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SOMEONE'S ALWAYS WATCHING

Elephant Soap

 

 

SOMEONE'S ALWAYS WATCHING

Cindy Maddera

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This weekend I traveled to OKC. Most of that tine was spent in El Reno for a wedding and celebration. And the rest of that time was spent recovering on Misti's couch. Then mix in some (too short) visits and food with Traci and Quinn and that's a pretty full weekend. But the weekend was not just full of busy things. This weekend filled my heart and made the gears in my brain churn. I didn't really know many people at the wedding or the after wedding party. These were all Misti's and Audra's people. I didn't know them, but many of them knew me. I introduced myself to one girl as "Cindy" and she replied "Cindy Maddera? I read your blog!". This wouldn't be the only time I'd hear that on that particular day. It caused my insides to freeze up a bit. I get so used to the idea that I write here for a very small number of readers (like five). I hardly ever stop to think about other people that may read this. I've worked so hard at staying authentic and completely honest in my writing here that to hear it's read by virtual strangers made me feel a bit naked. It was a very odd feeling and there's a part of me that wants to zip myself up. It makes me think about censors and filters.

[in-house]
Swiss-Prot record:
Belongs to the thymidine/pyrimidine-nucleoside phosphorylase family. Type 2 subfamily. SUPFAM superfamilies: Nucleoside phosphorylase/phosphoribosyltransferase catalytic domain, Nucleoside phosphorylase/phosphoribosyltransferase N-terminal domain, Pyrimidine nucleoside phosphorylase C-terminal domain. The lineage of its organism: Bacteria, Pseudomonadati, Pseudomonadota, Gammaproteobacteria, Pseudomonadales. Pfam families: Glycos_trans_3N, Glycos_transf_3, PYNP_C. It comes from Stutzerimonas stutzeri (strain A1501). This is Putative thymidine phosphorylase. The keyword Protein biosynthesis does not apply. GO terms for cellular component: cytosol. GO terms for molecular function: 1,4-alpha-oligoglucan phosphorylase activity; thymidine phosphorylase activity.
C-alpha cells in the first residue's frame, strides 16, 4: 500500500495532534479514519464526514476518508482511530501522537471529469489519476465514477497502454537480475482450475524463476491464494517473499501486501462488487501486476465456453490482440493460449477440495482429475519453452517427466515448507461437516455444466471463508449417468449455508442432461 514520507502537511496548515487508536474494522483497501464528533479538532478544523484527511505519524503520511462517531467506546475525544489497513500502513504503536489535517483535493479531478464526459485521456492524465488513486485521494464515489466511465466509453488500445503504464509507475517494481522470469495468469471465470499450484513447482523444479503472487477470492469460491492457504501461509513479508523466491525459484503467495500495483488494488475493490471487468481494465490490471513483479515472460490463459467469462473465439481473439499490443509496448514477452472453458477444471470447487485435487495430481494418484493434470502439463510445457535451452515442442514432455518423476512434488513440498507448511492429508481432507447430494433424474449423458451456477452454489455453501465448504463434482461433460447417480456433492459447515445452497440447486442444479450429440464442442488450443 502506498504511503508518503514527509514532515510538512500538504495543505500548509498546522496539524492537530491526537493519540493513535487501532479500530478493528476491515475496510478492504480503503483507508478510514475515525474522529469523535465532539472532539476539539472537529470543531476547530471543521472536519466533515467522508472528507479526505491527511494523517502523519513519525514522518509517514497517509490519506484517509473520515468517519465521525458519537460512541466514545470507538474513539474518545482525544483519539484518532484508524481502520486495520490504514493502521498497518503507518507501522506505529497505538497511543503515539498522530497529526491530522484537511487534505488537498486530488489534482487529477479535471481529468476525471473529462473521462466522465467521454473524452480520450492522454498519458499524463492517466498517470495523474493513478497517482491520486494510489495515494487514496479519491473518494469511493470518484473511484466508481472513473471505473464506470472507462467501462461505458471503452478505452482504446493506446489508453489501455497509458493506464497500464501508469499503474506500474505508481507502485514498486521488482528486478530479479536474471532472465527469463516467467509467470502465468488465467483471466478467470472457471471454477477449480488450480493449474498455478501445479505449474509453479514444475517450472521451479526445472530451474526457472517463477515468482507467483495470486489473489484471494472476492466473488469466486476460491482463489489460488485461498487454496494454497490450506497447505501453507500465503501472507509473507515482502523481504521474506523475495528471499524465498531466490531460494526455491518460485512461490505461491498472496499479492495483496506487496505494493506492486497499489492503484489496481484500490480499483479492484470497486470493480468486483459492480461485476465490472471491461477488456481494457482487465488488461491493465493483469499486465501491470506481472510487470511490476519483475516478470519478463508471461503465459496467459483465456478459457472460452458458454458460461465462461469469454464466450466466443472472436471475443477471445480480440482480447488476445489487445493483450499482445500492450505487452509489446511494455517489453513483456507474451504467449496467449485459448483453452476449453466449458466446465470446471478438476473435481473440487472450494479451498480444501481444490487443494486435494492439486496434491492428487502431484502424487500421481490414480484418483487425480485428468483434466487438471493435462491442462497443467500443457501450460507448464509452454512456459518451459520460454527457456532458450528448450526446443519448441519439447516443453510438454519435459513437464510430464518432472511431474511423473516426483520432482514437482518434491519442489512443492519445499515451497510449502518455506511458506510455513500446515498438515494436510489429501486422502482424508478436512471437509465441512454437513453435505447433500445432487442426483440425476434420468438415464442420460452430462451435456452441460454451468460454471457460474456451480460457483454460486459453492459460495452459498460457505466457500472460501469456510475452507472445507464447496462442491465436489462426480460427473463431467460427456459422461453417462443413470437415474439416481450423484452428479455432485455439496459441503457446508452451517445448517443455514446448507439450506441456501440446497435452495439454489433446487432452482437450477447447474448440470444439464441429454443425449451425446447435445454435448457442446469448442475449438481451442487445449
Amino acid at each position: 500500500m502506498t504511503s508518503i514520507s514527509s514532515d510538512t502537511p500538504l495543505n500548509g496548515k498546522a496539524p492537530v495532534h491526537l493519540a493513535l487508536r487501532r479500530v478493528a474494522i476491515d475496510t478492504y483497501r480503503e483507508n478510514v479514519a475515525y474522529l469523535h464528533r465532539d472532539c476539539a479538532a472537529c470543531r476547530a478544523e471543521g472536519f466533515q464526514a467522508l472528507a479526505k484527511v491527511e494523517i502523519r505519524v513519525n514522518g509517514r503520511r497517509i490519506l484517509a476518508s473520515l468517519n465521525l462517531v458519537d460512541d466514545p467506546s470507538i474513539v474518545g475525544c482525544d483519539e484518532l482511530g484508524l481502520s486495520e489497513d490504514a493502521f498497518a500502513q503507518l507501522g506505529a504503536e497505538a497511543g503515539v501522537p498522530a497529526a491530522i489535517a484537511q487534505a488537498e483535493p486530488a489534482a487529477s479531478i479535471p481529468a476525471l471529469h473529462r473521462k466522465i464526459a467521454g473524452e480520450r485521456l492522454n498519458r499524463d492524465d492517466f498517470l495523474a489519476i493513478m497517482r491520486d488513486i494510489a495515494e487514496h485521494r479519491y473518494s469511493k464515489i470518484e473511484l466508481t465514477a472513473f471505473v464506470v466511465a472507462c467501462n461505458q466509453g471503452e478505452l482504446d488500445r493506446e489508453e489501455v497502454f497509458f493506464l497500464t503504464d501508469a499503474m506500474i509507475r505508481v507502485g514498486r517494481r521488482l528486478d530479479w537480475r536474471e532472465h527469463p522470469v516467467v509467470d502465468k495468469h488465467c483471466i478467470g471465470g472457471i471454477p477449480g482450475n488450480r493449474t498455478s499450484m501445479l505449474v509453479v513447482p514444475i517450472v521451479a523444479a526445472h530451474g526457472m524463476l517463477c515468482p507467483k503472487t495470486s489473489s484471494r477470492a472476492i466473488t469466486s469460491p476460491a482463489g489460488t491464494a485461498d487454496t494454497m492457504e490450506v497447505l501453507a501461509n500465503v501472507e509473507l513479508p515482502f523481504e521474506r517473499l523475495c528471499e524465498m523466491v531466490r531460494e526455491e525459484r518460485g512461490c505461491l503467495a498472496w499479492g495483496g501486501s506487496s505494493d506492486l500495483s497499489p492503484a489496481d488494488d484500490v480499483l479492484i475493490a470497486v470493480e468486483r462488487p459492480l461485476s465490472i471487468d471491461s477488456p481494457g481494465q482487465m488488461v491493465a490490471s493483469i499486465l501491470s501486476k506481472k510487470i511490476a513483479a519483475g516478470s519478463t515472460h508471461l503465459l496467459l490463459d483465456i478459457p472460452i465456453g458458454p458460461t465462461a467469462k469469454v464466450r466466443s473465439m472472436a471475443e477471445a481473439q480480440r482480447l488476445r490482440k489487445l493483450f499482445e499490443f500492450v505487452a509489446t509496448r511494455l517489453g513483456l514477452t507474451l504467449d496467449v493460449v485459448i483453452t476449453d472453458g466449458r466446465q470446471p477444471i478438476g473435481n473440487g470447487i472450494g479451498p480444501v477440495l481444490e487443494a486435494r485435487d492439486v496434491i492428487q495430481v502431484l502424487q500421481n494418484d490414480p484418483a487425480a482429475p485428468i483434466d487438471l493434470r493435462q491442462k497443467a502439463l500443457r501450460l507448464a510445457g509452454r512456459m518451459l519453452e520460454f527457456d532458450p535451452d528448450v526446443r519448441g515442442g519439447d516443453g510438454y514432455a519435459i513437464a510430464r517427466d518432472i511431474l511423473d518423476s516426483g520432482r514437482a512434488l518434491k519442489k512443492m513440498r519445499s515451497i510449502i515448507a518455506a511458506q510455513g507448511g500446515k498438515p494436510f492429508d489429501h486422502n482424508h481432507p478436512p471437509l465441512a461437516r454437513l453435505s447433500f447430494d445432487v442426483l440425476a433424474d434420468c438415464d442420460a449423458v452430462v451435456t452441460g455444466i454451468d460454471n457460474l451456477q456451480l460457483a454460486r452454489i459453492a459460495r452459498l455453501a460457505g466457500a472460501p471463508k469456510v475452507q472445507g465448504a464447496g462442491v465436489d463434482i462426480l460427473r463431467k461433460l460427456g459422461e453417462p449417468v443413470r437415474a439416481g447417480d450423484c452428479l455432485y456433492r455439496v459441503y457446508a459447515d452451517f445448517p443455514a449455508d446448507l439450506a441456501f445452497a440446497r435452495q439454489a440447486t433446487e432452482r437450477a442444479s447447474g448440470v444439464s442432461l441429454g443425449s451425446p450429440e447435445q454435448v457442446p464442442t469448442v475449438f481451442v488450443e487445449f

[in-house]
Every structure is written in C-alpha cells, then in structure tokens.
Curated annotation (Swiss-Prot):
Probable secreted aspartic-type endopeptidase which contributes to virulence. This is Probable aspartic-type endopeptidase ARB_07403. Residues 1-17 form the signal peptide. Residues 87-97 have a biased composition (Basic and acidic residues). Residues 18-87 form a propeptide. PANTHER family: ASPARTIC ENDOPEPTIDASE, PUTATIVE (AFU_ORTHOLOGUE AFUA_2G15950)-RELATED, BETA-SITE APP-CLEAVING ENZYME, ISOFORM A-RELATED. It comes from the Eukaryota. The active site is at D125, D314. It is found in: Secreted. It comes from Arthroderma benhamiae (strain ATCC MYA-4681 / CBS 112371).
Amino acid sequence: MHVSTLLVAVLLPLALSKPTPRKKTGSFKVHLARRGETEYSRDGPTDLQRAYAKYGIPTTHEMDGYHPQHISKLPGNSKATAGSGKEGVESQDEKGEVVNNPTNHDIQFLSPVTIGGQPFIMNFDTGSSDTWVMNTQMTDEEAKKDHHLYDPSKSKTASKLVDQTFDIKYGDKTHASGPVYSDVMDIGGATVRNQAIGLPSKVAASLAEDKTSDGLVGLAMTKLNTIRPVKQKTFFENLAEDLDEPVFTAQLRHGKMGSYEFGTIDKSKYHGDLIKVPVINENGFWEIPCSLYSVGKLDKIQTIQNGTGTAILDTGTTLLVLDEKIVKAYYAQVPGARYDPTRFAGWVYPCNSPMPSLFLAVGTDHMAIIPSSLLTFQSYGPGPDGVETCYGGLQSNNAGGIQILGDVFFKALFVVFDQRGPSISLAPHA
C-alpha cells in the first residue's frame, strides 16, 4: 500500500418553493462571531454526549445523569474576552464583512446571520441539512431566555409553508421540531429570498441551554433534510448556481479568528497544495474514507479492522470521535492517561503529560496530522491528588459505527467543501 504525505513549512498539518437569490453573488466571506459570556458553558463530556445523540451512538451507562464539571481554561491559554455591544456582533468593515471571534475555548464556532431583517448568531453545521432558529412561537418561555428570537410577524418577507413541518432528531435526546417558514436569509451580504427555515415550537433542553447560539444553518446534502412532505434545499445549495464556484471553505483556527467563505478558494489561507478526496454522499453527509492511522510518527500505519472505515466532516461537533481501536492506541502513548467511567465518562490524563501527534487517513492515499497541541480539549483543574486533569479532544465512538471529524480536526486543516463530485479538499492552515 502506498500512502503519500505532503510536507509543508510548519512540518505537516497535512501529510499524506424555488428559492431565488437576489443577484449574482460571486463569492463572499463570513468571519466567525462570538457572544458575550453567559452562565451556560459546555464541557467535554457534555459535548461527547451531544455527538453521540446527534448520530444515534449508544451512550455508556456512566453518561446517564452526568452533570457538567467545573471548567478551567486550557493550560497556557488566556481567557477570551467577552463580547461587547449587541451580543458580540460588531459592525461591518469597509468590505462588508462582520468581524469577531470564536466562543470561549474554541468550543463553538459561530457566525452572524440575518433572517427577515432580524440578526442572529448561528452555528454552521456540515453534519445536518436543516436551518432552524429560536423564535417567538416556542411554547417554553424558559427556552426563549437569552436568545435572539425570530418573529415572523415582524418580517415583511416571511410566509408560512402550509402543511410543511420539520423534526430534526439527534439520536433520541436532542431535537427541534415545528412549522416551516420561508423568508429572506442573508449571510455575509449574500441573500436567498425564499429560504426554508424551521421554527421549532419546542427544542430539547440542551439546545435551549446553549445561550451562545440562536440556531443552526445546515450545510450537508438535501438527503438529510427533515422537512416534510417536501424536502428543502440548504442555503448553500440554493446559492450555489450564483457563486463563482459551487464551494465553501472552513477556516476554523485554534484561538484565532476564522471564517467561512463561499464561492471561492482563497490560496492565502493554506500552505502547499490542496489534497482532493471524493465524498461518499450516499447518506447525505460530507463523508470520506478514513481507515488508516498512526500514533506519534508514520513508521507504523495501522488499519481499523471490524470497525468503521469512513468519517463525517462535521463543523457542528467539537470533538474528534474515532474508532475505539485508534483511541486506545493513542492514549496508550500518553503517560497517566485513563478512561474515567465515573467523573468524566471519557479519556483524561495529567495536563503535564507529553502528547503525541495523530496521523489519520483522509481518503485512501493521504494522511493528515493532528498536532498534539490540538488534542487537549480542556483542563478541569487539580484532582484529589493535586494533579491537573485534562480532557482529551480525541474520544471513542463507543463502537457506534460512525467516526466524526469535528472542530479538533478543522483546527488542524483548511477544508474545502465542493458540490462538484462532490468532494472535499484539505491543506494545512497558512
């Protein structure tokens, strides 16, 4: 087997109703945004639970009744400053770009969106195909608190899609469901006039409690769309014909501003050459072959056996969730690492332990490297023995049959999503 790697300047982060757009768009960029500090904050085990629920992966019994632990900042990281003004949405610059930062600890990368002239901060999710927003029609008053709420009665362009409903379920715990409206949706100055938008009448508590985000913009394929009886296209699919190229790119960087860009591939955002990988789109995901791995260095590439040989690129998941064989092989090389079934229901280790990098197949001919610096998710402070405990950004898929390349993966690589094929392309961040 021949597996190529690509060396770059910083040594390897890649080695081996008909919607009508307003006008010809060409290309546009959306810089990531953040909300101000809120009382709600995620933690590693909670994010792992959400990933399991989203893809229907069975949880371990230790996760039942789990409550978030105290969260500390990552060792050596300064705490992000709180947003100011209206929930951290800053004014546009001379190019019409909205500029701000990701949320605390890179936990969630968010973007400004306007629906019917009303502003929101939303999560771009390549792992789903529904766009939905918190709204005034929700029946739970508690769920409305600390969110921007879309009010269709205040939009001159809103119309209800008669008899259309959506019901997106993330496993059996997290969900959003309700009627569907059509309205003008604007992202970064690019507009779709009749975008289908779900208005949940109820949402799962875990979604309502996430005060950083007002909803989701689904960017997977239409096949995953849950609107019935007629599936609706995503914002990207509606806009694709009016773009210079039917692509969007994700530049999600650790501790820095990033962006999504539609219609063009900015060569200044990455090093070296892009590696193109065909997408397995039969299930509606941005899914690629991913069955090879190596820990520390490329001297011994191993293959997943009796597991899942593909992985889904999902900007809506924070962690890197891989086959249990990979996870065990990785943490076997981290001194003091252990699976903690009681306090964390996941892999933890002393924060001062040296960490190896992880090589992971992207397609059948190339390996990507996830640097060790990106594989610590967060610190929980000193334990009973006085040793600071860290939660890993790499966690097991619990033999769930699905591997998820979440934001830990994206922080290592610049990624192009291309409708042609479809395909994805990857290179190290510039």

But that's not the point is it? How do you stay authentic and honest with out saying anything? I might censor myself here if I think what I say might hurt another's feelings. To be honest, if I think I'm going to hurt someone's feelings by writing something, I just don't write it. But in general there are no censors or filters here. I feel I have a responsibility to myself to be authentic. Now, I feel I have to be even more responsible in the things I say, in the words that I put out there for the world to read. I realize now just how much writing here is a practice. Buddha teaches right mind, right speech. This is also something taught in yoga. "If you can't say something nice, don't say anything at all" is a phrase we learn as pre-schoolers. Writing here teaches me how to say things in a way that doesn't cause harm, but at the same time allows me to remain me.

It's kind of like standing on a cliff waiting to jump into the cool water below. You know it can be done and that you'll be fine, but it doesn't make it any less terrifying. I choose to leap.